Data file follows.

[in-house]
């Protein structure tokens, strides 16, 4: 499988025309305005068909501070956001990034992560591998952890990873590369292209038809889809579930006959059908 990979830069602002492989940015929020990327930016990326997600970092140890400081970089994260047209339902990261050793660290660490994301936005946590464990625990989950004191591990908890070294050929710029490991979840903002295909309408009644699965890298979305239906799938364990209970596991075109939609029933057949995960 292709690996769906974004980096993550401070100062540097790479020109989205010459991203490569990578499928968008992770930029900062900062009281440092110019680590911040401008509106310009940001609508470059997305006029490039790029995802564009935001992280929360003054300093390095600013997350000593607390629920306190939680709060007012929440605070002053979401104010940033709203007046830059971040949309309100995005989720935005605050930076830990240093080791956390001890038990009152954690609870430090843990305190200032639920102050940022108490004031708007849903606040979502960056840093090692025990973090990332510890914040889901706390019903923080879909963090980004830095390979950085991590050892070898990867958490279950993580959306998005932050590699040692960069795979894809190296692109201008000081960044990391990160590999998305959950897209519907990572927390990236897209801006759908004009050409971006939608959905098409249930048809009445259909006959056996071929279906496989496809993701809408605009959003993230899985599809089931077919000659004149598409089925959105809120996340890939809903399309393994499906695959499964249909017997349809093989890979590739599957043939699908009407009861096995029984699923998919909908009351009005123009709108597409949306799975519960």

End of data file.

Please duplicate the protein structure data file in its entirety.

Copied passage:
[in-house]
């Protein structure tokens, strides 16, 4: 499988025309305005068909501070956001990034992560591998952890990873590369292209038809889809579930006959059908 990979830069602002492989940015929020990327930016990326997600970092140890400081970089994260047209339902990261050793660290660490994301936005946590464990625990989950004191591990908890070294050929710029490991979840903002295909309408009644699965890298979305239906799938364990209970596991075109939609029933057949995960 292709690996769906974004980096993550401070100062540097790479020109989205010459991203490569990578499928968008992770930029900062900062009281440092110019680590911040401008509106310009940001609508470059997305006029490039790029995802564009935001992280929360003054300093390095600013997350000593607390629920306190939680709060007012929440605070002053979401104010940033709203007046830059971040949309309100995005989720935005605050930076830990240093080791956390001890038990009152954690609870430090843990305190200032639920102050940022108490004031708007849903606040979502960056840093090692025990973090990332510890914040889901706390019903923080879909963090980004830095390979950085991590050892070898990867958490279950993580959306998005932050590699040692960069795979894809190296692109201008000081960044990391990160590999998305959950897209519907990572927390990236897209801006759908004009050409971006939608959905098409249930048809009445259909006959056996071929279906496989496809993701809408605009959003993230899985599809089931077919000659004149598409089925959105809120996340890939809903399309393994499906695959499964249909017997349809093989890979590739599957043939699908009407009861096995029984699923998919909908009351009005123009709108597409949306799975519960």